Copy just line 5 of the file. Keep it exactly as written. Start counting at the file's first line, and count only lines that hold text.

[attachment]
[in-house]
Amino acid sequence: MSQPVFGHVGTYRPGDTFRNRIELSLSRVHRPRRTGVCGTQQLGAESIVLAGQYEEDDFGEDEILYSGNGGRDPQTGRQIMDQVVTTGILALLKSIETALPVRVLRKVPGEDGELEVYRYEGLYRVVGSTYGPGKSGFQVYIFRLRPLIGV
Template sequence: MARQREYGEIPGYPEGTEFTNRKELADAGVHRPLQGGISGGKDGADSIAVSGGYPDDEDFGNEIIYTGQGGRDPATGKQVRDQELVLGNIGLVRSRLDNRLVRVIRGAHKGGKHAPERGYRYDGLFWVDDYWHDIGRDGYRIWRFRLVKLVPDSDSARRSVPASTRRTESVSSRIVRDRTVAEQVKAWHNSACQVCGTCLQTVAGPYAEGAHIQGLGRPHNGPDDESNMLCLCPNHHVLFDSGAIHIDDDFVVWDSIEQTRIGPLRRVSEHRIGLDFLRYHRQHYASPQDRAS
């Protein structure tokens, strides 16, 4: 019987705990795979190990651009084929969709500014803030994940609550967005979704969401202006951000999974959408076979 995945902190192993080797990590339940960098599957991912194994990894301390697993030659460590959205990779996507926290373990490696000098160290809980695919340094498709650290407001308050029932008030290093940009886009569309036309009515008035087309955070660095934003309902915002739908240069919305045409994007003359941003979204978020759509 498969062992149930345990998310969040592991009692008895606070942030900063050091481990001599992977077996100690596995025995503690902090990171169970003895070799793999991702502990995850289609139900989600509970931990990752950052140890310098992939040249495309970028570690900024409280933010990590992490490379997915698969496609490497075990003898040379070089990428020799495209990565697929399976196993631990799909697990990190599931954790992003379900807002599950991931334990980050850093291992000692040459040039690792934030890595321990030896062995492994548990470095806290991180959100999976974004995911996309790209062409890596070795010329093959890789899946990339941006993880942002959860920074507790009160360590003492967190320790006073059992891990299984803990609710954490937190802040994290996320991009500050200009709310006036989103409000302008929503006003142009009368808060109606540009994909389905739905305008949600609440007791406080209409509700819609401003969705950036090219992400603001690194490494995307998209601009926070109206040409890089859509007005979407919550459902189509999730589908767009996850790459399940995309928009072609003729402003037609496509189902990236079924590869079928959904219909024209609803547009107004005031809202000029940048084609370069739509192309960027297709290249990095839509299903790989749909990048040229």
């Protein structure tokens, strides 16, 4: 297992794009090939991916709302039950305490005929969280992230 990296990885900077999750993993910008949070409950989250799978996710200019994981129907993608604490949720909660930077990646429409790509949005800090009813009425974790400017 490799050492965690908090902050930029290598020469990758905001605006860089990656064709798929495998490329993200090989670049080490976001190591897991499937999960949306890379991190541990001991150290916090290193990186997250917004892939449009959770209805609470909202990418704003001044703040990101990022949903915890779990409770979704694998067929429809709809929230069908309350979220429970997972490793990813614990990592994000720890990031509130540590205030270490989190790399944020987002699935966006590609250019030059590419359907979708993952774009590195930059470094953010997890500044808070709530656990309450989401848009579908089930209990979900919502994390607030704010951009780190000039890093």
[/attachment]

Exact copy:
């Protein structure tokens, strides 16, 4: 297992794009090939991916709302039950305490005929969280992230 990296990885900077999750993993910008949070409950989250799978996710200019994981129907993608604490949720909660930077990646429409790509949005800090009813009425974790400017 490799050492965690908090902050930029290598020469990758905001605006860089990656064709798929495998490329993200090989670049080490976001190591897991499937999960949306890379991190541990001991150290916090290193990186997250917004892939449009959770209805609470909202990418704003001044703040990101990022949903915890779990409770979704694998067929429809709809929230069908309350979220429970997972490793990813614990990592994000720890990031509130540590205030270490989190790399944020987002699935966006590609250019030059590419359907979708993952774009590195930059470094953010997890500044808070709530656990309450989401848009579908089930209990979900919502994390607030704010951009780190000039890093």